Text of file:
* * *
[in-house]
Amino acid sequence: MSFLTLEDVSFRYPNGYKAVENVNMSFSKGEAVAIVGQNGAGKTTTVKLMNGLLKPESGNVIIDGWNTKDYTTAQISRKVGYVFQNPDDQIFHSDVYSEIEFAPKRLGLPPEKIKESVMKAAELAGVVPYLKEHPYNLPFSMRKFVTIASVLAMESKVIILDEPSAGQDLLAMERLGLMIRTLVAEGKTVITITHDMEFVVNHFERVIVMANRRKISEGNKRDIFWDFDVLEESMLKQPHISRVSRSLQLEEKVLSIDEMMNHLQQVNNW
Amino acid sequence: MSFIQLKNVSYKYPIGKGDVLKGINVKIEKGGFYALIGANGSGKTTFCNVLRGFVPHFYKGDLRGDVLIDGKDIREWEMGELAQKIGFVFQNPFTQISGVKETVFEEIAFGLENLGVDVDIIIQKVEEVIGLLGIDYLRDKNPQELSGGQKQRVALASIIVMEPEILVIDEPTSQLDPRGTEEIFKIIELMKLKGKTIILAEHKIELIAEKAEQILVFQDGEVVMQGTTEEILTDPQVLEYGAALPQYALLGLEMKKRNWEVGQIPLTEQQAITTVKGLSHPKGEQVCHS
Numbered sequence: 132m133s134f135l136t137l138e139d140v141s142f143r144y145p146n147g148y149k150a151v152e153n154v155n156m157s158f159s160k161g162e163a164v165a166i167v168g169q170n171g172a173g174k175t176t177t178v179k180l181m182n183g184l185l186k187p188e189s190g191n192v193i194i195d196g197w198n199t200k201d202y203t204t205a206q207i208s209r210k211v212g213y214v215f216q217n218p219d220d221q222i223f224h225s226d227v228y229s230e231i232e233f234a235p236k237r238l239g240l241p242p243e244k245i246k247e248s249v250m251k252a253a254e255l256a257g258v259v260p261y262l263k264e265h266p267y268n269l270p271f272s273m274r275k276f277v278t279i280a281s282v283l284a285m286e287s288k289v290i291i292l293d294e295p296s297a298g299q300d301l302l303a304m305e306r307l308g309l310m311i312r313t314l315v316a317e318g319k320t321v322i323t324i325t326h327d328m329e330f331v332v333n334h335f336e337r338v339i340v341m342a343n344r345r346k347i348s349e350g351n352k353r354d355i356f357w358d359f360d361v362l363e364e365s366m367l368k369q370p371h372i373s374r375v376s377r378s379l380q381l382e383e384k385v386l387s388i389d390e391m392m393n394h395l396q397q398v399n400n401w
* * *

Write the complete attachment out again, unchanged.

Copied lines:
[in-house]
Amino acid sequence: MSFLTLEDVSFRYPNGYKAVENVNMSFSKGEAVAIVGQNGAGKTTTVKLMNGLLKPESGNVIIDGWNTKDYTTAQISRKVGYVFQNPDDQIFHSDVYSEIEFAPKRLGLPPEKIKESVMKAAELAGVVPYLKEHPYNLPFSMRKFVTIASVLAMESKVIILDEPSAGQDLLAMERLGLMIRTLVAEGKTVITITHDMEFVVNHFERVIVMANRRKISEGNKRDIFWDFDVLEESMLKQPHISRVSRSLQLEEKVLSIDEMMNHLQQVNNW
Amino acid sequence: MSFIQLKNVSYKYPIGKGDVLKGINVKIEKGGFYALIGANGSGKTTFCNVLRGFVPHFYKGDLRGDVLIDGKDIREWEMGELAQKIGFVFQNPFTQISGVKETVFEEIAFGLENLGVDVDIIIQKVEEVIGLLGIDYLRDKNPQELSGGQKQRVALASIIVMEPEILVIDEPTSQLDPRGTEEIFKIIELMKLKGKTIILAEHKIELIAEKAEQILVFQDGEVVMQGTTEEILTDPQVLEYGAALPQYALLGLEMKKRNWEVGQIPLTEQQAITTVKGLSHPKGEQVCHS
Numbered sequence: 132m133s134f135l136t137l138e139d140v141s142f143r144y145p146n147g148y149k150a151v152e153n154v155n156m157s158f159s160k161g162e163a164v165a166i167v168g169q170n171g172a173g174k175t176t177t178v179k180l181m182n183g184l185l186k187p188e189s190g191n192v193i194i195d196g197w198n199t200k201d202y203t204t205a206q207i208s209r210k211v212g213y214v215f216q217n218p219d220d221q222i223f224h225s226d227v228y229s230e231i232e233f234a235p236k237r238l239g240l241p242p243e244k245i246k247e248s249v250m251k252a253a254e255l256a257g258v259v260p261y262l263k264e265h266p267y268n269l270p271f272s273m274r275k276f277v278t279i280a281s282v283l284a285m286e287s288k289v290i291i292l293d294e295p296s297a298g299q300d301l302l303a304m305e306r307l308g309l310m311i312r313t314l315v316a317e318g319k320t321v322i323t324i325t326h327d328m329e330f331v332v333n334h335f336e337r338v339i340v341m342a343n344r345r346k347i348s349e350g351n352k353r354d355i356f357w358d359f360d361v362l363e364e365s366m367l368k369q370p371h372i373s374r375v376s377r378s379l380q381l382e383e384k385v386l387s388i389d390e391m392m393n394h395l396q397q398v399n400n401w